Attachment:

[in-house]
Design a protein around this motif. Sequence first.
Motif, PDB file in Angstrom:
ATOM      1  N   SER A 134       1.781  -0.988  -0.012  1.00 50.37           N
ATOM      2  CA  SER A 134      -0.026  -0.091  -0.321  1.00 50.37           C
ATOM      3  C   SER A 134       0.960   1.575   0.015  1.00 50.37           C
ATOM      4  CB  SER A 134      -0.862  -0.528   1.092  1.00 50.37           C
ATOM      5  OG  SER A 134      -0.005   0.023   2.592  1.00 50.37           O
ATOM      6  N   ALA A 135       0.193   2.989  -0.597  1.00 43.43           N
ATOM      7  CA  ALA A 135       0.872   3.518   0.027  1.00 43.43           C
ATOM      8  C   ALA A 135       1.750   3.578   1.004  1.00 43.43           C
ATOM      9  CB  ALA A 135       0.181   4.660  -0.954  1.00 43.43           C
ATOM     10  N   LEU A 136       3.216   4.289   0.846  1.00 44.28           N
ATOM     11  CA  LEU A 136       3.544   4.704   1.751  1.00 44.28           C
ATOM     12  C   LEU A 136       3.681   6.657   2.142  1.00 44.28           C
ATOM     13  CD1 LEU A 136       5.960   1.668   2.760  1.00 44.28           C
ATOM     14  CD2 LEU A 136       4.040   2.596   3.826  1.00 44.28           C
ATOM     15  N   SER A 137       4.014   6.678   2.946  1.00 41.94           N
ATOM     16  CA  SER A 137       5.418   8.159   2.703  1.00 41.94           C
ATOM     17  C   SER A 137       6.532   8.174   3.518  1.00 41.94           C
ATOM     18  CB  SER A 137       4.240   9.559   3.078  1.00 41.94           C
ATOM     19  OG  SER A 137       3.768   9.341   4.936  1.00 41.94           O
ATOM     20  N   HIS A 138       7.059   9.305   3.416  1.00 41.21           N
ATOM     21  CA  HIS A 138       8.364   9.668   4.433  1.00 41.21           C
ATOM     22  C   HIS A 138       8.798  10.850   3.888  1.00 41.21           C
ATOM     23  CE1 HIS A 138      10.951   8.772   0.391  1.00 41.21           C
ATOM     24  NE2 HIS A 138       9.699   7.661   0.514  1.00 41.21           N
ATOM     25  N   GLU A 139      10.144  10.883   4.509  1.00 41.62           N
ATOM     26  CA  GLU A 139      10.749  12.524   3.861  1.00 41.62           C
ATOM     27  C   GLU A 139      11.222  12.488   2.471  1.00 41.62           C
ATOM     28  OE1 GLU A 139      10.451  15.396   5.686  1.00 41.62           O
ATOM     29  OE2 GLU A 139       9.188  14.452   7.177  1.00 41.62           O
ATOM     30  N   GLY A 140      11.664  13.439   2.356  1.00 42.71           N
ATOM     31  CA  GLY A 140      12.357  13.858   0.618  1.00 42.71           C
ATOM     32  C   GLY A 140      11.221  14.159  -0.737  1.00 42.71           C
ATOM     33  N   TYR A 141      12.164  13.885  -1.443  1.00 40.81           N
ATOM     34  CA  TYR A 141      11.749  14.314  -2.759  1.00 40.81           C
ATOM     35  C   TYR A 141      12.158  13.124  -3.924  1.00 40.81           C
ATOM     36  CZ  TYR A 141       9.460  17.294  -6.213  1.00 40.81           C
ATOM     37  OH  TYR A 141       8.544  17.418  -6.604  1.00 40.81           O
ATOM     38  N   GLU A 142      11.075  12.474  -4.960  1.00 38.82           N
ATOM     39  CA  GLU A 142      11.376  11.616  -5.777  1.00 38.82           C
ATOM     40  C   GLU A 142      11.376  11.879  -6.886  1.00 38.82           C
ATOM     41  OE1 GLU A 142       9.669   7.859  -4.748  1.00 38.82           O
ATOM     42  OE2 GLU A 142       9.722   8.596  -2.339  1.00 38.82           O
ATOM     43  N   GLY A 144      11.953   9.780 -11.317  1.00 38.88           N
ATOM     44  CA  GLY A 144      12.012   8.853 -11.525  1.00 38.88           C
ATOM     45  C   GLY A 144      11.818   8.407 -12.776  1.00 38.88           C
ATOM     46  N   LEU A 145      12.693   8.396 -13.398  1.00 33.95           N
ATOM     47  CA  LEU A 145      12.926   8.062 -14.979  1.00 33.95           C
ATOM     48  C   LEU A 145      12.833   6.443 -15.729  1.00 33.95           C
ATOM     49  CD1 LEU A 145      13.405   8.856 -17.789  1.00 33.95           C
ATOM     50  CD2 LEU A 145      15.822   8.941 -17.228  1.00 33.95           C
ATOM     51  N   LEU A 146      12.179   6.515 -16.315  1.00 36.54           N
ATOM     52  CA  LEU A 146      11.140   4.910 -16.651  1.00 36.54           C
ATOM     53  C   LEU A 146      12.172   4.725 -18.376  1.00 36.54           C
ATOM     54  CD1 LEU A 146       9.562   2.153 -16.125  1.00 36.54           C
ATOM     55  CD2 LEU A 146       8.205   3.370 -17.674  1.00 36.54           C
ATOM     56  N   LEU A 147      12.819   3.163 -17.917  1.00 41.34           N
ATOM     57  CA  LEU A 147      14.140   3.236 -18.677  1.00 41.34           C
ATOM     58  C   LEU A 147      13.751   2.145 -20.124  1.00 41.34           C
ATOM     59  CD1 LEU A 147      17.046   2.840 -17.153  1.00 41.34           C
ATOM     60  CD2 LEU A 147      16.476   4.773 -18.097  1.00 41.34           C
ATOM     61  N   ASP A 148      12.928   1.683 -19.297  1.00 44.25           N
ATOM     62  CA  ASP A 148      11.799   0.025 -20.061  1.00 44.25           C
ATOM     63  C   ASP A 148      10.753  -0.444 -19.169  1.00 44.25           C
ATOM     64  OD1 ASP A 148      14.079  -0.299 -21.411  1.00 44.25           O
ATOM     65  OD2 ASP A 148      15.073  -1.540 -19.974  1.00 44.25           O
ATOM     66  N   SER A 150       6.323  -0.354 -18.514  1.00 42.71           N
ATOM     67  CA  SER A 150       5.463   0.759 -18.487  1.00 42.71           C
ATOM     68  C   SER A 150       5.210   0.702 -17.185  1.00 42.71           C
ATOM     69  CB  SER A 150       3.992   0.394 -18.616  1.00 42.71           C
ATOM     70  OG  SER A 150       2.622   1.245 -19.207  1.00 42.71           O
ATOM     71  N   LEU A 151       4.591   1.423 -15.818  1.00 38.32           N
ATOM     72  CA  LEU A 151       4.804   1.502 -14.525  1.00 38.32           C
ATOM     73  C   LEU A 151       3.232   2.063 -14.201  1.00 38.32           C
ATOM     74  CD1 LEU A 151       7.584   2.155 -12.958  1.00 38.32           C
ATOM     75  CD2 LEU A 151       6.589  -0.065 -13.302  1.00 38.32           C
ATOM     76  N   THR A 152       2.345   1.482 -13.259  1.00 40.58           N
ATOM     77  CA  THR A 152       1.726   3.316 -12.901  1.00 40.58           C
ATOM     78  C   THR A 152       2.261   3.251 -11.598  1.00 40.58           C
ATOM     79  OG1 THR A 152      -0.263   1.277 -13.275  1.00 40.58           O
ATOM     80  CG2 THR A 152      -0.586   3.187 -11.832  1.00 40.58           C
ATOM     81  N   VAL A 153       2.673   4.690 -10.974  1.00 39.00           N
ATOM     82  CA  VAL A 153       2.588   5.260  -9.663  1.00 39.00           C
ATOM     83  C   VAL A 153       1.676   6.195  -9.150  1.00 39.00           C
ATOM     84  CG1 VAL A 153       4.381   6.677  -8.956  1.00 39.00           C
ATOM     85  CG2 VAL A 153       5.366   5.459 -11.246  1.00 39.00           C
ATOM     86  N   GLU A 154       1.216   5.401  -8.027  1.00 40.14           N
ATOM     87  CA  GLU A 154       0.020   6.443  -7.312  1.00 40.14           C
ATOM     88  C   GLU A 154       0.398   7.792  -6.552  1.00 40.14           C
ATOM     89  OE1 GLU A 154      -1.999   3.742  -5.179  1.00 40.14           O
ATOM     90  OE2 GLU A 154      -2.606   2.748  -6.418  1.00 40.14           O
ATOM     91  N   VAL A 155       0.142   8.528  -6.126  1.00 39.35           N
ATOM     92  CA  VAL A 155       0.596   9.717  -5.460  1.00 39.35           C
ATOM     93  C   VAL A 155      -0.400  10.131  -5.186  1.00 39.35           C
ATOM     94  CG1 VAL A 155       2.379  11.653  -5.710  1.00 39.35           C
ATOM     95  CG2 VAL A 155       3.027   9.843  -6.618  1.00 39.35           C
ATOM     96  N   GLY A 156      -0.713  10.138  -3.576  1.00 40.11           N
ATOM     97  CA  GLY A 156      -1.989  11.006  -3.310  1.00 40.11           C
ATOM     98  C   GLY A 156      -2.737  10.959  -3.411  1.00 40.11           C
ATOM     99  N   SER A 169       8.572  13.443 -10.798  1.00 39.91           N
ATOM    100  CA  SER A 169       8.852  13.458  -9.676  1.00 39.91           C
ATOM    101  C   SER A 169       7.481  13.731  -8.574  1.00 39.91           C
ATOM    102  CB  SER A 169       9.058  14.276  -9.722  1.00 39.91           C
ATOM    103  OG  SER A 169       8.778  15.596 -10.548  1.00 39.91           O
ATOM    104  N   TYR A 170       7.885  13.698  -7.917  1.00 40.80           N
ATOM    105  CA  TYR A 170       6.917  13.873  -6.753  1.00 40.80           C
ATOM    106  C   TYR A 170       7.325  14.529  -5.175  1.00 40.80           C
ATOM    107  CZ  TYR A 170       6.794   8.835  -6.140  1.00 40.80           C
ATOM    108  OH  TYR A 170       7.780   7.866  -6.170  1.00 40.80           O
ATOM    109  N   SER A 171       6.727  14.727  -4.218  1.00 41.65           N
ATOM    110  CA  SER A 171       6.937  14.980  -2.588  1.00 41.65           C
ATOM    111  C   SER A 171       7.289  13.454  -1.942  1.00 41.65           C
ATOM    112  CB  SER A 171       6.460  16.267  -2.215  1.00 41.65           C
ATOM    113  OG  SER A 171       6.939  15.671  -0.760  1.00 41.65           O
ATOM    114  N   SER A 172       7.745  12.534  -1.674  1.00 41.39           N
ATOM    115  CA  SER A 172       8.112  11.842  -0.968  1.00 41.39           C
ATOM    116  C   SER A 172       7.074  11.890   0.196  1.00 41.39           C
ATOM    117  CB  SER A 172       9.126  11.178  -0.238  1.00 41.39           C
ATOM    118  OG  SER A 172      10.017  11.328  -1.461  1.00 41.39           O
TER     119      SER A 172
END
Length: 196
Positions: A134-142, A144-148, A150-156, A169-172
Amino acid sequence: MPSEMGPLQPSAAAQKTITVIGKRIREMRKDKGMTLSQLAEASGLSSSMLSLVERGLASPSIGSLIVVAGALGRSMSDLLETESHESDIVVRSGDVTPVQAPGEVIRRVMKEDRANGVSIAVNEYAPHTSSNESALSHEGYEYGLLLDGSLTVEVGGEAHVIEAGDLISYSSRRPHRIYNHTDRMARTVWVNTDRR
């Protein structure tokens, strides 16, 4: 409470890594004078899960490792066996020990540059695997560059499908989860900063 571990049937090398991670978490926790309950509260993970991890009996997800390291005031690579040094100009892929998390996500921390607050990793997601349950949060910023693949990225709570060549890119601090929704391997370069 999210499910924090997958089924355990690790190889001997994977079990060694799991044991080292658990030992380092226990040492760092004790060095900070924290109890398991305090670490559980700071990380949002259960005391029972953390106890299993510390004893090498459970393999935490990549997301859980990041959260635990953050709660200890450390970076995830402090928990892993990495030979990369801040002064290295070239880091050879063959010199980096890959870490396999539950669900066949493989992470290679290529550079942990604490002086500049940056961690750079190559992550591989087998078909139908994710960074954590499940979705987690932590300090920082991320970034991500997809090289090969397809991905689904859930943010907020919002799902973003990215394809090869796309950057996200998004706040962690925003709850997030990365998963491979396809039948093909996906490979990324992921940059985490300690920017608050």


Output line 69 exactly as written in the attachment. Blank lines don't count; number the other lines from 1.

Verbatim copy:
ATOM     66  N   SER A 150       6.323  -0.354 -18.514  1.00 42.71           N